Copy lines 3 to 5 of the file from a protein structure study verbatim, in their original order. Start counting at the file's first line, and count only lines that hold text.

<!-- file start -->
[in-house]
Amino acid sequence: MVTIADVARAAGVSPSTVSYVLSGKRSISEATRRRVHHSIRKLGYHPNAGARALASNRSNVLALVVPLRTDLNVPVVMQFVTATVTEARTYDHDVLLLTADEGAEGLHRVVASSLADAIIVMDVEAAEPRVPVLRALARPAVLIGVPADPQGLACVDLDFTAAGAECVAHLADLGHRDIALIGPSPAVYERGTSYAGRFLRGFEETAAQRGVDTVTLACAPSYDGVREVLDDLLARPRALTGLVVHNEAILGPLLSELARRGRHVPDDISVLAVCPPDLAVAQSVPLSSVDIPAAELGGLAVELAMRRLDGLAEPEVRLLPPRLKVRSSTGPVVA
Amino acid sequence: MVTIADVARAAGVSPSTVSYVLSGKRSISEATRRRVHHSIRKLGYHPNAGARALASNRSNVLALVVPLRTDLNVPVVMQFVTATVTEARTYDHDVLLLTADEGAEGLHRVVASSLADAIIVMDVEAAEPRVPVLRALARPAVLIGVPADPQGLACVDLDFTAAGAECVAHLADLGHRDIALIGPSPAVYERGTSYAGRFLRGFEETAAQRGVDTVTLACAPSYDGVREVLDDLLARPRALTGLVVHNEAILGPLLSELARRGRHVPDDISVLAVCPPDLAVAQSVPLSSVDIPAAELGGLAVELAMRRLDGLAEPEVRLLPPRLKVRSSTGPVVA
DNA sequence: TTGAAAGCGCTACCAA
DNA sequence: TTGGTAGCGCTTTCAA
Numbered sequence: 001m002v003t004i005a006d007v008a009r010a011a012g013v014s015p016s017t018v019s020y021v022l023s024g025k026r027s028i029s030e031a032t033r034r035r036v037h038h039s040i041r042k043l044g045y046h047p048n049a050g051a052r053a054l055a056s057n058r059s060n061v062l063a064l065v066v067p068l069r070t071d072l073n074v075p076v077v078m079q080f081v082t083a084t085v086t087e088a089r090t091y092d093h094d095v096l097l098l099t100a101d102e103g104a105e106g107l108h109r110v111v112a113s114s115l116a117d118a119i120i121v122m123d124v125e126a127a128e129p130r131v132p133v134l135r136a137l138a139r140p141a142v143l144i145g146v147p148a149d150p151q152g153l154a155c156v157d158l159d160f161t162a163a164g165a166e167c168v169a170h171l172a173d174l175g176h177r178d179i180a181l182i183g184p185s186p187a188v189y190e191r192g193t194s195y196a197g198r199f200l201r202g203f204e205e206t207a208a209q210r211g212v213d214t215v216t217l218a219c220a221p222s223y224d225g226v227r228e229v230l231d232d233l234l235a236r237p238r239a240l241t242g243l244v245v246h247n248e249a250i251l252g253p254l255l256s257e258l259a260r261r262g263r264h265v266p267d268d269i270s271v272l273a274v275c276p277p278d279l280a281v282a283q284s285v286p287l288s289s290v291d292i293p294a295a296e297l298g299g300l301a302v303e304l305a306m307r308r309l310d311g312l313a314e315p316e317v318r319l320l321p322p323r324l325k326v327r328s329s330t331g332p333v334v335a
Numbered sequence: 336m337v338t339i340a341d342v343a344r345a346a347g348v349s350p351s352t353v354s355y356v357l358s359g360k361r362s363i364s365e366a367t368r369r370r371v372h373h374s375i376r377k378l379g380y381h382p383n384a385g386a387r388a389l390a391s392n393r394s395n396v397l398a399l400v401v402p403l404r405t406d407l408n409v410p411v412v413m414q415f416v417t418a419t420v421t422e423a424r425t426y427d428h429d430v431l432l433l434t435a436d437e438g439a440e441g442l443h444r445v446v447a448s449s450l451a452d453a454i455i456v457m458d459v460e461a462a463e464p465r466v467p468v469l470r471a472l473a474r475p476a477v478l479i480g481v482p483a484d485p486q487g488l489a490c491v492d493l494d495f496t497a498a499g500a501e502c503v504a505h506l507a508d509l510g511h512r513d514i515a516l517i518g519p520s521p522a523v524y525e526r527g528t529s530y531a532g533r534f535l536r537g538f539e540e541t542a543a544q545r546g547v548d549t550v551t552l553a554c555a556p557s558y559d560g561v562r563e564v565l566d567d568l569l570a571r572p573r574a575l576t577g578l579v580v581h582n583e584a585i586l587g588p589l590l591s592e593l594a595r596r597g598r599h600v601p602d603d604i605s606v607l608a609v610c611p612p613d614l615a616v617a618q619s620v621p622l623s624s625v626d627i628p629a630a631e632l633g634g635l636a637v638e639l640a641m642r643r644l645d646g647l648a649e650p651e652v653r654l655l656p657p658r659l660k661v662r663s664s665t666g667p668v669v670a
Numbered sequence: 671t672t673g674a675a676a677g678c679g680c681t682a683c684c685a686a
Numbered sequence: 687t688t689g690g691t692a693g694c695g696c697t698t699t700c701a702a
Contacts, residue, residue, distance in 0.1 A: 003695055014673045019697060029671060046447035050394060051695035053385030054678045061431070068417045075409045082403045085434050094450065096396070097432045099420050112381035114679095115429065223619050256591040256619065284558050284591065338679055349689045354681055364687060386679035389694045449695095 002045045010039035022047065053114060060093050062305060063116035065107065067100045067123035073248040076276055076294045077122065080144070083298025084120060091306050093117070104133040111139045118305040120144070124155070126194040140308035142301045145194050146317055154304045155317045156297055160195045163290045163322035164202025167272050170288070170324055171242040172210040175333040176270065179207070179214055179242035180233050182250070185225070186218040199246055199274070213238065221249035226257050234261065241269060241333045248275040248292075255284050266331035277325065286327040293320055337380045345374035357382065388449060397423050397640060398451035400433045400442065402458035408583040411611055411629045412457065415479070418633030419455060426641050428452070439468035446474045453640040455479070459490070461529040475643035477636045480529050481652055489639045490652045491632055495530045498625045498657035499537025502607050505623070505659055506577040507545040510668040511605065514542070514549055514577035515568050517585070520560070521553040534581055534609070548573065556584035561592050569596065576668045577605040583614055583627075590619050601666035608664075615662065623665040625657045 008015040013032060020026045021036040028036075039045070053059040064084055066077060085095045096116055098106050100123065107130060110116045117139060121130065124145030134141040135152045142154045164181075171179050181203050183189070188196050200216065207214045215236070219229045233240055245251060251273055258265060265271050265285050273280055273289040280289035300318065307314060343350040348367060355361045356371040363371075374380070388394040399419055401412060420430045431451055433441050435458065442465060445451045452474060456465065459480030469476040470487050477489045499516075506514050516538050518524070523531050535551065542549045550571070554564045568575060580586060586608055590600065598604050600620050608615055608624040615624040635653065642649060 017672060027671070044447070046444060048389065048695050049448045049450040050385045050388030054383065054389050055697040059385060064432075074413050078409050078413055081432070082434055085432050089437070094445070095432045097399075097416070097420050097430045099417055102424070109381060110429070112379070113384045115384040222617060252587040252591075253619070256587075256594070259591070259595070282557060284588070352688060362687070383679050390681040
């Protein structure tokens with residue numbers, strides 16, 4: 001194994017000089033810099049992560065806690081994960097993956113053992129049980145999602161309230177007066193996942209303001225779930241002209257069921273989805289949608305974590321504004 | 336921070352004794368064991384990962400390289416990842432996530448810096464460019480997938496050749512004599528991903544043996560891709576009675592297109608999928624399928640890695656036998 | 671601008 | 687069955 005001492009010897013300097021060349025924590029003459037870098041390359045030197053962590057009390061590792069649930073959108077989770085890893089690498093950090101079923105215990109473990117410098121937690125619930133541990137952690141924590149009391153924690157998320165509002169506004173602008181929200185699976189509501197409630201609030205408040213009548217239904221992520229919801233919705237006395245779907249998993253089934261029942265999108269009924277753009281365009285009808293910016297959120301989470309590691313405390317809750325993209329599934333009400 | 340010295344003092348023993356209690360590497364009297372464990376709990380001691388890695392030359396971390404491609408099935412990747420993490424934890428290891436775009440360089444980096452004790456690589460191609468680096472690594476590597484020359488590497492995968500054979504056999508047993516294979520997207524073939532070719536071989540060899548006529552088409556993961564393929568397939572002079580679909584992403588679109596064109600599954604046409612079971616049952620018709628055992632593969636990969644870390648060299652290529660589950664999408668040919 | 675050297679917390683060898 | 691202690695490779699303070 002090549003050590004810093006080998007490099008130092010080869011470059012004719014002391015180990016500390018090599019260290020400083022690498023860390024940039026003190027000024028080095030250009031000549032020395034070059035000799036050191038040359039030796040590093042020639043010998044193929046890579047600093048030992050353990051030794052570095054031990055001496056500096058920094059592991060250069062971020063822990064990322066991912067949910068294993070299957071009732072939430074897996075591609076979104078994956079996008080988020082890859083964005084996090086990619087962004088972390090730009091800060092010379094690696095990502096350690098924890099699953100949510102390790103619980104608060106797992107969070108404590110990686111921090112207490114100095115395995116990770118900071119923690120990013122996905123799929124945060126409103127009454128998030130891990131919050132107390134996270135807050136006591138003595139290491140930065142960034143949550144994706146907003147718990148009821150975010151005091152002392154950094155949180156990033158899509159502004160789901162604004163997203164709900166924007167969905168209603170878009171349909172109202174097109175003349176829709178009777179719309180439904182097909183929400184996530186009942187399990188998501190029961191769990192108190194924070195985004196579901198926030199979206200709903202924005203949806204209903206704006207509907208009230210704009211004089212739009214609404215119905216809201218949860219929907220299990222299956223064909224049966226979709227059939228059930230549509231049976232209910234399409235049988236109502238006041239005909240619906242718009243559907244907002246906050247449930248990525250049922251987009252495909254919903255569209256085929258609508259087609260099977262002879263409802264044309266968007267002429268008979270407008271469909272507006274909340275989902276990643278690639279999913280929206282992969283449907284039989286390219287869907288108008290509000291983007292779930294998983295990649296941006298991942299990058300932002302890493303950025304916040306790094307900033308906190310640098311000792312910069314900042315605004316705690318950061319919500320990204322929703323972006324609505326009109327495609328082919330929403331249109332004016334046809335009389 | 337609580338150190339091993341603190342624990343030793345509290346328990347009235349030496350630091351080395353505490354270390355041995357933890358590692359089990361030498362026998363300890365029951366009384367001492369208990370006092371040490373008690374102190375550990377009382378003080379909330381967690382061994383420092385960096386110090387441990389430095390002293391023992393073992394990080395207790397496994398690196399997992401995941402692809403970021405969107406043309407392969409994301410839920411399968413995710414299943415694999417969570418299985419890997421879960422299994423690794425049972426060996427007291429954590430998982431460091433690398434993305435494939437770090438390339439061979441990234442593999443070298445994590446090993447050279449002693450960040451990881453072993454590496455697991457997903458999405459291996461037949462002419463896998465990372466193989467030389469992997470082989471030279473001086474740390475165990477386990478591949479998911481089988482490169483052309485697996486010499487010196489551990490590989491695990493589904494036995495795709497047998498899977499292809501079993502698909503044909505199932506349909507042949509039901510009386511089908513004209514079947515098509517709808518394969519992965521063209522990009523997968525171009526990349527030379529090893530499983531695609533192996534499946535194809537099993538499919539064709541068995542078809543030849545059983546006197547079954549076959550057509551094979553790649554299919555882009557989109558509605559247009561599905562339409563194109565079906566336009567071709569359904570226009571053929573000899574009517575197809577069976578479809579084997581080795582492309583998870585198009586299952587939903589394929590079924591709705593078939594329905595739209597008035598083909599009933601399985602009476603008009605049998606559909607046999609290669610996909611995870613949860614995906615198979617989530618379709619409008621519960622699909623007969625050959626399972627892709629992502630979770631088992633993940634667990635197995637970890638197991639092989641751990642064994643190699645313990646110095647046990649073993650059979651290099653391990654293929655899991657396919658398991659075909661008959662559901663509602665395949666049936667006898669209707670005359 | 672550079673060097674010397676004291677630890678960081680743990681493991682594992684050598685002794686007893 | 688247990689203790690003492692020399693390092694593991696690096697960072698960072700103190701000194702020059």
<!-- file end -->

Amino acid sequence: MVTIADVARAAGVSPSTVSYVLSGKRSISEATRRRVHHSIRKLGYHPNAGARALASNRSNVLALVVPLRTDLNVPVVMQFVTATVTEARTYDHDVLLLTADEGAEGLHRVVASSLADAIIVMDVEAAEPRVPVLRALARPAVLIGVPADPQGLACVDLDFTAAGAECVAHLADLGHRDIALIGPSPAVYERGTSYAGRFLRGFEETAAQRGVDTVTLACAPSYDGVREVLDDLLARPRALTGLVVHNEAILGPLLSELARRGRHVPDDISVLAVCPPDLAVAQSVPLSSVDIPAAELGGLAVELAMRRLDGLAEPEVRLLPPRLKVRSSTGPVVA
DNA sequence: TTGAAAGCGCTACCAA
DNA sequence: TTGGTAGCGCTTTCAA